Terror On The Strip

Bullets rained from the sky in a senseless shooting at a country music concert in Las Vegas

Country music fans dropped to the ground or fled screaming from the scene of Jason Aldean’s performance at the Route 91 Harvest Festival on Sunday night. Initial confusion gave way to panic as concert-goers realized that what many had thought to be fireworks was actually gunfire raining down on the approximately 22,000 concert attendees.

The massacre is said to be the deadliest mass shooting in modern American history. The current death toll has reached 59, though it may still rise with 527 injured. The body count in Sunday night’s shooting tops that of the Sandy Hook shooting in 2012 and last year’s Orlando Nightclub shooting.  

The perpetrator has been identified as Stephen Paddock, 64. A retiree and resident of Mesquite, Nevada, Paddock was an avid gambler and the son of a serial bank robber, but according to his brother, he was an unlikely suspect.

Paddock checked into the Mandalay Bay Hotel on the Las Vegas Strip on September 28th, 2017. Over the course of the next few days, he managed to smuggle ten suitcases filled with firearms and ammunition into his 32nd-floor hotel room. Police reportedly found approximately 23 guns in the room, including AR-15-style assault rifles.

According to authorities, Paddock shattered the window of his hotel room with a hammer and, beginning at 10:08 pm, fired bullets down on the concert, which was located just 1,000 feet away.

Authorities quickly identified the source of the shooting. A SWAT team began sweeping the upper floors of the Mandalay Bay Hotel room by room. When they finally came to Paddock’s suite, he began shooting at them, firing several rounds through the door. By the time the SWAT team had broken into the room, Paddock had shot himself in the head.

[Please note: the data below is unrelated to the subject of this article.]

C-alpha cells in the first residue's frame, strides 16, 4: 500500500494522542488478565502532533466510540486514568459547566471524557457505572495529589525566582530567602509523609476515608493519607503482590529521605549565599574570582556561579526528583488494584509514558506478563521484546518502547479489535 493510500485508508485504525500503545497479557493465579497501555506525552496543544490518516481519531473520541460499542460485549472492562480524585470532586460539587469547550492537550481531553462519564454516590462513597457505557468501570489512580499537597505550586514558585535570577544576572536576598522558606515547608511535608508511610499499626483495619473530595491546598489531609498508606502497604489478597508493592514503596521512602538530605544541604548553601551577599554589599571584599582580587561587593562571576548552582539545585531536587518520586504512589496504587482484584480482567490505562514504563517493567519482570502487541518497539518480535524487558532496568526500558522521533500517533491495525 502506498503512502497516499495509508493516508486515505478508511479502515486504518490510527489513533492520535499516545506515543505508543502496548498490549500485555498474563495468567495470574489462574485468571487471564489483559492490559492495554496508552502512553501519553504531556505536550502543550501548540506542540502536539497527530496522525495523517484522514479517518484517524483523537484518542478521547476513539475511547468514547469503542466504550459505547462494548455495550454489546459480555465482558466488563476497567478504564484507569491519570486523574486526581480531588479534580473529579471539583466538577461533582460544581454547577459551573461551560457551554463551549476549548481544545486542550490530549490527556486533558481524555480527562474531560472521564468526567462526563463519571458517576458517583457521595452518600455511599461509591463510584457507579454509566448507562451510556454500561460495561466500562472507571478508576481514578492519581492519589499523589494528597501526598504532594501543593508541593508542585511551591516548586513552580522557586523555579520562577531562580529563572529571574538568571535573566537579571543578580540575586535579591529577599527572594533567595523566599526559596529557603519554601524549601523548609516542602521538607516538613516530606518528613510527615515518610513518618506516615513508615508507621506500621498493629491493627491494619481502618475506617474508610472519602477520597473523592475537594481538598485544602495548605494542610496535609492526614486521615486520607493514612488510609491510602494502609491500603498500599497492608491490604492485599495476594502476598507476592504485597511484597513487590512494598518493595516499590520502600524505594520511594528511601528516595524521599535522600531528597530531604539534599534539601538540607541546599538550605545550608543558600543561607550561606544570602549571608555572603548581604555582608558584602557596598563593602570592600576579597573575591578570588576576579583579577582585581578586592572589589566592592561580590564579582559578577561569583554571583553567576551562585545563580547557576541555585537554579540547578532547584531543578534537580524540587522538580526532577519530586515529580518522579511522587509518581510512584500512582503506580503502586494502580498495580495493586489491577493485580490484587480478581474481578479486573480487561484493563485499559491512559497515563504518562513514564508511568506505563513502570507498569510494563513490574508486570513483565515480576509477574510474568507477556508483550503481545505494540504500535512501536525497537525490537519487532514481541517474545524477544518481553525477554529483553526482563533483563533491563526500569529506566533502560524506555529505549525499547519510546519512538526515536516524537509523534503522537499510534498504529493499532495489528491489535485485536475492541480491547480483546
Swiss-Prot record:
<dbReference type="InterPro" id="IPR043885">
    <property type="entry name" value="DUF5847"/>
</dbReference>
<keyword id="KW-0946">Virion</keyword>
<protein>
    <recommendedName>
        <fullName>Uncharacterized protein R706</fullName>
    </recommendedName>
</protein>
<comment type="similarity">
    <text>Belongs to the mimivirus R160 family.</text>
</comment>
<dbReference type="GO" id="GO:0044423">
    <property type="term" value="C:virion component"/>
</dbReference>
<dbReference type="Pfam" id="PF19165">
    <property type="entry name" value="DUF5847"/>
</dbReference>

Over the last few days, it has become clear that Paddock’s massacre was a meticulously planned operation. He not only smuggled two dozen firearms equipped with “bump” stocks, designed to increase the speed with which a gun can fire bullets, but he also planted cameras in the hallway around his room so that he would be aware when law enforcement inevitably arrived.

Paddock is survived by his girlfriend, Marilou Danley, who was in the Philippines at the time of the shooting. Danley was met at the Los Angeles airport by the FBI and is currently being questioned. Authorities hope that she will be able to provide insight into the gunman’s motive.

Immediately after the shooting, the slaughter was claimed by the Islamic State. However, upon further investigation by the FBI, there is no evidence that Paddock had ties to any terrorist organizations.

The indiscriminate and devastating carnage of the shooting was largely a result of the lack of cover. The venue was entirely open-air, with tents as the the only form of shelter. Survivors describe feeling trapped, knowing that whether they stayed low to the ground, or made a run for it, they were equally as exposed to the gunfire.

On Monday morning, the scene was eerie. Authorities described abandoned phones ringing for hours, and photographs show the chairs and other belongings of concert-goers scattered. Other images show the aftermath at local hospitals. Bloodstained floors were strewn with medical gloves and supplies, as nurses begin the process of cleaning up from a restless night.   

President Donald Trump called the shooting an “act of pure evil,” but assured the country that, “Our unity cannot be shattered by evil, our bonds cannot be broken by violence.” The president traveled to Las Vegas on Wednesday to comfort victims in local hospitals and meet with first responders. Authorities, including the president, praised law enforcement for their expedient reaction in the aftermath of the shooting.

Las Vegas native and Notre Dame sophomore, Kendrick Peterson, became aware that he had suffered a personal loss early Monday morning. A high school friend and classmate of Peterson’s was killed in the shooting.

“When I made the decision to attend Notre Dame, I was aware that time would continue to pass without me in Vegas…..However, to now have to rely on ‘Facebook check in’ to determine if I will ever see some of my friends alive again leaves me at a loss for words,” Peterson told the Rover. He described a surreal feeling of complete disbelief upon learning the news.

Here at the Rover, our hearts go out to all the victims of the shooting in Las Vegas and their family members and friends in the Notre Dame community. Know that you are in our prayers.

Keenan White is a junior majoring in political science and history, with a minor in constitutional studies. She was, in fact, named after Keenan Hall. To talk with her about that contact her at Keenan.M.White294@nd.edu.

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